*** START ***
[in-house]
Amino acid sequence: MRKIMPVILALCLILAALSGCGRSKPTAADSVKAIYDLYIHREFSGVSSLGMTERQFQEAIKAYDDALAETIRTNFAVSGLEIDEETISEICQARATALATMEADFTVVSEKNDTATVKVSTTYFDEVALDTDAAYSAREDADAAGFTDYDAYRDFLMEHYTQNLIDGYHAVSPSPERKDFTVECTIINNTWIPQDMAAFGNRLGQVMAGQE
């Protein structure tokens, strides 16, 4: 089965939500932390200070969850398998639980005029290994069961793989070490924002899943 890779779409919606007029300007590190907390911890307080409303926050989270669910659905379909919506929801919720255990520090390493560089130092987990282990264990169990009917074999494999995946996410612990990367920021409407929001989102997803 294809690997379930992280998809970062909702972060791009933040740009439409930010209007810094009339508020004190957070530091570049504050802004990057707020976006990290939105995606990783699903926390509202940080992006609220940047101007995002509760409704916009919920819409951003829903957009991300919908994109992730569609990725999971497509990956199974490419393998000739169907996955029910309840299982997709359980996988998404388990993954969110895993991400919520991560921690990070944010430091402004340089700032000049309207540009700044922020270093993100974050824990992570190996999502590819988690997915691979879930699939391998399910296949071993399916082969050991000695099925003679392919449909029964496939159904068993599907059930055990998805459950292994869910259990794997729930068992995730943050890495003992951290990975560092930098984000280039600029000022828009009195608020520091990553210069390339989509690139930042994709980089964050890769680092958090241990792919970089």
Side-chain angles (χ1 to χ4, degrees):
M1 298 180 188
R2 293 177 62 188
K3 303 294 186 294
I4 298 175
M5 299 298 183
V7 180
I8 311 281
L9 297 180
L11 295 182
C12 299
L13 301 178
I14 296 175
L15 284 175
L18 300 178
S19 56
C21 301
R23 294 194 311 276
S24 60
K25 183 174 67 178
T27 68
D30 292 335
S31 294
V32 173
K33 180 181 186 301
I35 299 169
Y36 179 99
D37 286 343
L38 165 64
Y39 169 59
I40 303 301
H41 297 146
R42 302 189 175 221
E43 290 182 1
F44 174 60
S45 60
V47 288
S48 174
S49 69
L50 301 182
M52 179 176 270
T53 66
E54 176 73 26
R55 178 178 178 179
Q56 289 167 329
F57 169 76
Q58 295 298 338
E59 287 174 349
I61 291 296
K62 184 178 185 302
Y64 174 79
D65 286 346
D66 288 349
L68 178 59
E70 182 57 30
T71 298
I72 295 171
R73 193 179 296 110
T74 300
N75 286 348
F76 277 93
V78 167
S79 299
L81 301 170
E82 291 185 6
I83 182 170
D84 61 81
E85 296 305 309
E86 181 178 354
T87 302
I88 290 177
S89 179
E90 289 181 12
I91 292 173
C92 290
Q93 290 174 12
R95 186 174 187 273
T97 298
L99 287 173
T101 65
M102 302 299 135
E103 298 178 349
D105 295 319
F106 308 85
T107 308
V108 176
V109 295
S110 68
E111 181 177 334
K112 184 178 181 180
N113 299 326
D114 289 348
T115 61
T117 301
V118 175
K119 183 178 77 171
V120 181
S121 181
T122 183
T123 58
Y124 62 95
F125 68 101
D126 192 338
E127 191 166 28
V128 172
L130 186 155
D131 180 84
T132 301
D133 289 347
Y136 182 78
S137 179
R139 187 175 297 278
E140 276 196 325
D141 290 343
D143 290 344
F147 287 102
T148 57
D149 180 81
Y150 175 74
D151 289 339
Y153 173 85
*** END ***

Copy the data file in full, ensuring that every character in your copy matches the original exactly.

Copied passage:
[in-house]
Amino acid sequence: MRKIMPVILALCLILAALSGCGRSKPTAADSVKAIYDLYIHREFSGVSSLGMTERQFQEAIKAYDDALAETIRTNFAVSGLEIDEETISEICQARATALATMEADFTVVSEKNDTATVKVSTTYFDEVALDTDAAYSAREDADAAGFTDYDAYRDFLMEHYTQNLIDGYHAVSPSPERKDFTVECTIINNTWIPQDMAAFGNRLGQVMAGQE
């Protein structure tokens, strides 16, 4: 089965939500932390200070969850398998639980005029290994069961793989070490924002899943 890779779409919606007029300007590190907390911890307080409303926050989270669910659905379909919506929801919720255990520090390493560089130092987990282990264990169990009917074999494999995946996410612990990367920021409407929001989102997803 294809690997379930992280998809970062909702972060791009933040740009439409930010209007810094009339508020004190957070530091570049504050802004990057707020976006990290939105995606990783699903926390509202940080992006609220940047101007995002509760409704916009919920819409951003829903957009991300919908994109992730569609990725999971497509990956199974490419393998000739169907996955029910309840299982997709359980996988998404388990993954969110895993991400919520991560921690990070944010430091402004340089700032000049309207540009700044922020270093993100974050824990992570190996999502590819988690997915691979879930699939391998399910296949071993399916082969050991000695099925003679392919449909029964496939159904068993599907059930055990998805459950292994869910259990794997729930068992995730943050890495003992951290990975560092930098984000280039600029000022828009009195608020520091990553210069390339989509690139930042994709980089964050890769680092958090241990792919970089």
Side-chain angles (χ1 to χ4, degrees):
M1 298 180 188
R2 293 177 62 188
K3 303 294 186 294
I4 298 175
M5 299 298 183
V7 180
I8 311 281
L9 297 180
L11 295 182
C12 299
L13 301 178
I14 296 175
L15 284 175
L18 300 178
S19 56
C21 301
R23 294 194 311 276
S24 60
K25 183 174 67 178
T27 68
D30 292 335
S31 294
V32 173
K33 180 181 186 301
I35 299 169
Y36 179 99
D37 286 343
L38 165 64
Y39 169 59
I40 303 301
H41 297 146
R42 302 189 175 221
E43 290 182 1
F44 174 60
S45 60
V47 288
S48 174
S49 69
L50 301 182
M52 179 176 270
T53 66
E54 176 73 26
R55 178 178 178 179
Q56 289 167 329
F57 169 76
Q58 295 298 338
E59 287 174 349
I61 291 296
K62 184 178 185 302
Y64 174 79
D65 286 346
D66 288 349
L68 178 59
E70 182 57 30
T71 298
I72 295 171
R73 193 179 296 110
T74 300
N75 286 348
F76 277 93
V78 167
S79 299
L81 301 170
E82 291 185 6
I83 182 170
D84 61 81
E85 296 305 309
E86 181 178 354
T87 302
I88 290 177
S89 179
E90 289 181 12
I91 292 173
C92 290
Q93 290 174 12
R95 186 174 187 273
T97 298
L99 287 173
T101 65
M102 302 299 135
E103 298 178 349
D105 295 319
F106 308 85
T107 308
V108 176
V109 295
S110 68
E111 181 177 334
K112 184 178 181 180
N113 299 326
D114 289 348
T115 61
T117 301
V118 175
K119 183 178 77 171
V120 181
S121 181
T122 183
T123 58
Y124 62 95
F125 68 101
D126 192 338
E127 191 166 28
V128 172
L130 186 155
D131 180 84
T132 301
D133 289 347
Y136 182 78
S137 179
R139 187 175 297 278
E140 276 196 325
D141 290 343
D143 290 344
F147 287 102
T148 57
D149 180 81
Y150 175 74
D151 289 339
Y153 173 85